With the compelling leadership of Juan Guaido, that has changed. The opposition is united, not just under a charismatic leader, but with a broadening vision that has consciously reached out to the poor and other constituents of the Maduro regime, shifting their loyalties as only a nonviolent campaign can.

Chenoweth and Stephan identify what they call the “participation advantage” of nonviolent movements. Everyone can participate at levels of risk they are willing to undertake, publicly and privately creating resistance to the regime and raising its costs of repression. A wider demographic of participants brings in new tactics to keep the regime off balance; it brings in new networks of family, friendship, and influence that increase the likelihood of recruitment of military and security forces; and it brings legitimacy to an alternative vision for society.

These will be dangerous times for many activists, but it is their risks and sacrifices that can bring about a truly democratic change. Let us do nothing to rob them of their moments of courage and victory.

NOTE: This post has been updated from the original to update the number of countries recognizing Juan Guaido as president to 50.

Dr. Kathryn Sikkink (@kathryn_sikkink) is the Ryan Family Chair of Human Rights at the Harvard Kennedy School. Douglas A. Johnson is a Lecturer in Public Policy and the former Director of the Carr Center for Human Rights Policy (@CarrCenter) at the Harvard Kennedy School.

The Future is a Moving Target: Predicting Political Instability
Drew Bowlsby, Erica Chenoweth, Cullen Hendrix, and Jonathan D. Moyer. 2/20/2019. “The Future is a Moving Target: Predicting Political Instability.” British Journal of Political Science. See full text.Abstract
Journal article on: The Future is a Moving Target: Predicting Political Instability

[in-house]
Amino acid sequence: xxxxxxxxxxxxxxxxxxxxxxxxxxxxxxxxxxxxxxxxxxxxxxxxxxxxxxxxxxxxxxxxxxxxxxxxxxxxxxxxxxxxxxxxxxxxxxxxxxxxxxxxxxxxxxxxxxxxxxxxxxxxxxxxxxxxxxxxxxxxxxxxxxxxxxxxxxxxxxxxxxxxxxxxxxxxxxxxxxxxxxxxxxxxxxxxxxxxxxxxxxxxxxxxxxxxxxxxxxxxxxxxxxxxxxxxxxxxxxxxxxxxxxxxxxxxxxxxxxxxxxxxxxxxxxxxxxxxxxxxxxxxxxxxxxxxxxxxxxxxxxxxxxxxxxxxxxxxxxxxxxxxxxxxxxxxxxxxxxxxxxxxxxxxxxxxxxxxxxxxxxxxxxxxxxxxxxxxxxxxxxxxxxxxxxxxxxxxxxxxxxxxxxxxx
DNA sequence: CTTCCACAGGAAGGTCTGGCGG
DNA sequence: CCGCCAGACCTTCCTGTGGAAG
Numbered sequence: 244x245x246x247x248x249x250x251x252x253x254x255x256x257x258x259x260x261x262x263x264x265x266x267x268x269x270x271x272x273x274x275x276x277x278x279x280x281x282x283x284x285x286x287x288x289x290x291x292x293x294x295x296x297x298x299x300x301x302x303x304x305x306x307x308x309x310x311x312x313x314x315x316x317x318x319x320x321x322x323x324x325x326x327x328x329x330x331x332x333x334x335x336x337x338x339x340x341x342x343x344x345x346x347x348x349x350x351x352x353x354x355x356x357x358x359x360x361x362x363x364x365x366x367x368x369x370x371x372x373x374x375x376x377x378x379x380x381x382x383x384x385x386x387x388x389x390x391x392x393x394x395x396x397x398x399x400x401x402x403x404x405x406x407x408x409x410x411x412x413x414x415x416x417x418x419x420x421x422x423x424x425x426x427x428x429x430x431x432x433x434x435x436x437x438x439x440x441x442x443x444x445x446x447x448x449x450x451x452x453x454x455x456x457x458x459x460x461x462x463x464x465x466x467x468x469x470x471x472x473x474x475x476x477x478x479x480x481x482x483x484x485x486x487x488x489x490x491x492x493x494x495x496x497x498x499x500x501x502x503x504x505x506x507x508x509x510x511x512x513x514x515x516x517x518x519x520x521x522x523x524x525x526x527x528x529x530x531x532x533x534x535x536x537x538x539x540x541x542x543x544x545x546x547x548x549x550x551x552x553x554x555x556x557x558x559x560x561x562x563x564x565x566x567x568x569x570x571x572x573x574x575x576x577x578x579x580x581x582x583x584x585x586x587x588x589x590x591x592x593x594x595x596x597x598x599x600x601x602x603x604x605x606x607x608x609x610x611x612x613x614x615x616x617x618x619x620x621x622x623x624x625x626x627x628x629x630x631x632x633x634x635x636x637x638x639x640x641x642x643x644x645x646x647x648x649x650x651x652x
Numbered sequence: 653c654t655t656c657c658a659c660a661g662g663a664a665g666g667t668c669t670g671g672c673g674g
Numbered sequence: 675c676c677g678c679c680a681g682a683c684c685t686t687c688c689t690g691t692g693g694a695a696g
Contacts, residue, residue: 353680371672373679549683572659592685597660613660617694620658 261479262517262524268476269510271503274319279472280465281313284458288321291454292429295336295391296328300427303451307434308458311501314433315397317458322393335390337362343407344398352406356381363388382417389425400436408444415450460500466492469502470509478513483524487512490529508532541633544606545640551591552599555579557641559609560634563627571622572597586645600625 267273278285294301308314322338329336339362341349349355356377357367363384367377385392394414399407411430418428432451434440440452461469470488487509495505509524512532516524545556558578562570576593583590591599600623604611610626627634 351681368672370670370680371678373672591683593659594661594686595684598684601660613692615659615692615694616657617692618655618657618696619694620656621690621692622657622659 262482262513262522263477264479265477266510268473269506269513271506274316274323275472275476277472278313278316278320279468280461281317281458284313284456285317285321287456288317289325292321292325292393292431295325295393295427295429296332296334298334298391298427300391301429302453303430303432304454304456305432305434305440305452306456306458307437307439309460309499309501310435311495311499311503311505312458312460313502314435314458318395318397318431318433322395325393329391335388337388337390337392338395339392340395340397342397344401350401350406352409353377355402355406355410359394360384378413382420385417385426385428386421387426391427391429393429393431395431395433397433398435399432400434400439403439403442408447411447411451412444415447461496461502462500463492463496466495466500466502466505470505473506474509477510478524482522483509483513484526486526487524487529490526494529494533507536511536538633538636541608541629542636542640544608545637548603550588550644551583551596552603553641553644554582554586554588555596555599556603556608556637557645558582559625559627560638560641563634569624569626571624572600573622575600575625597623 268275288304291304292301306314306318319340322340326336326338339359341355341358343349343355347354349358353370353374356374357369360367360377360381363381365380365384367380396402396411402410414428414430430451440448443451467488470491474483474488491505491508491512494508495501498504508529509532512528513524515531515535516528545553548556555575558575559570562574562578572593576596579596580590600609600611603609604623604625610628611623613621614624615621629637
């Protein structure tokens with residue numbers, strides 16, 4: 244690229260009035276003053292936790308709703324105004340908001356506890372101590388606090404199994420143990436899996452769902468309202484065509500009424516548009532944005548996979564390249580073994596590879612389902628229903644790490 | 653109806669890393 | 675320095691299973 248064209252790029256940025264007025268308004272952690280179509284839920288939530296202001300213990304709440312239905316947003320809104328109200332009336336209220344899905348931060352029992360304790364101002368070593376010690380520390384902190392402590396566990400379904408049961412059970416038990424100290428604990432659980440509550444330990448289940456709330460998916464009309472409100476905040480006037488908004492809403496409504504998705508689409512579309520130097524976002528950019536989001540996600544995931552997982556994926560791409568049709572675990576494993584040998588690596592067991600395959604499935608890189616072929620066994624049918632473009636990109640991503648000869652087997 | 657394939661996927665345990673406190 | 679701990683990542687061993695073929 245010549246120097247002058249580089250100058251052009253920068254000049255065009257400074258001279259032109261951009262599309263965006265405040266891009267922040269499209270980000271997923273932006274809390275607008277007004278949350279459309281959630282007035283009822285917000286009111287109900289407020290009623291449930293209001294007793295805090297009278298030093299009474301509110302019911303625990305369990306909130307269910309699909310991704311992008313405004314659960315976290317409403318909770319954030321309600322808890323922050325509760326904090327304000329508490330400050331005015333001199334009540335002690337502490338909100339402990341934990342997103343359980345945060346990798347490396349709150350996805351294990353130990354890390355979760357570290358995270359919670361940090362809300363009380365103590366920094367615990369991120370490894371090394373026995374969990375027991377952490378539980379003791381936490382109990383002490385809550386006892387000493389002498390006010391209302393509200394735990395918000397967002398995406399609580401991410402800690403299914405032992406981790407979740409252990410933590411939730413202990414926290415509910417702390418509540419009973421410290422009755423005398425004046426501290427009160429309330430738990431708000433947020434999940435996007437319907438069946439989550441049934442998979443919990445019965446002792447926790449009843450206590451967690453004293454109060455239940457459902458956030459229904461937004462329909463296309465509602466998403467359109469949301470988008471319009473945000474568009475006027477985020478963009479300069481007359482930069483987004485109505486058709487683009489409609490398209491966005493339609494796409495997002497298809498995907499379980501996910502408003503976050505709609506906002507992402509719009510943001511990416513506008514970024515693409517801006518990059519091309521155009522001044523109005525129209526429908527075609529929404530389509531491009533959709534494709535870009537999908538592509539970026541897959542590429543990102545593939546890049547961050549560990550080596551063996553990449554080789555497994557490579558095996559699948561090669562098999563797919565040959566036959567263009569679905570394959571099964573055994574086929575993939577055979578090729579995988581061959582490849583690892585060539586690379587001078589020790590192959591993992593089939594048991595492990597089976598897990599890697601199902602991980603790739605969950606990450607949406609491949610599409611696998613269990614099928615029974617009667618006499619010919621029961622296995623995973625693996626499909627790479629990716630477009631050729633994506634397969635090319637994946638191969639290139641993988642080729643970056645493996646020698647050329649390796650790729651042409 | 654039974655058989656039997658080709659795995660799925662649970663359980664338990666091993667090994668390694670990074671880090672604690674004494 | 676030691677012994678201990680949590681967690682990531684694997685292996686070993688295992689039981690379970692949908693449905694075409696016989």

Previous research by Goldstone et al. (2010) generated a highly accurate predictive model of state-level political instability. Notably, this model identifies political institutions – and partial democracy with factionalism, specifically – as the most compelling factors explaining when and where instability events are likely to occur. This article reassesses the model’s explanatory power and makes three related points: (1) the model’s predictive power varies substantially over time; (2) its predictive power peaked in the period used for out-of-sample validation (1995–2004) in the original study and (3) the model performs relatively poorly in the more recent period. The authors find that this decline is not simply due to the Arab Uprisings, instability events that occurred in autocracies. Similar issues are found with attempts to predict nonviolent uprisings (Chenoweth and Ulfelder 2017) and armed conflict onset and continuation (Hegre et al. 2013). These results inform two conclusions: (1) the drivers of instability are not constant over time and (2) care must be exercised in interpreting prediction exercises as evidence in favor or dispositive of theoretical mechanisms.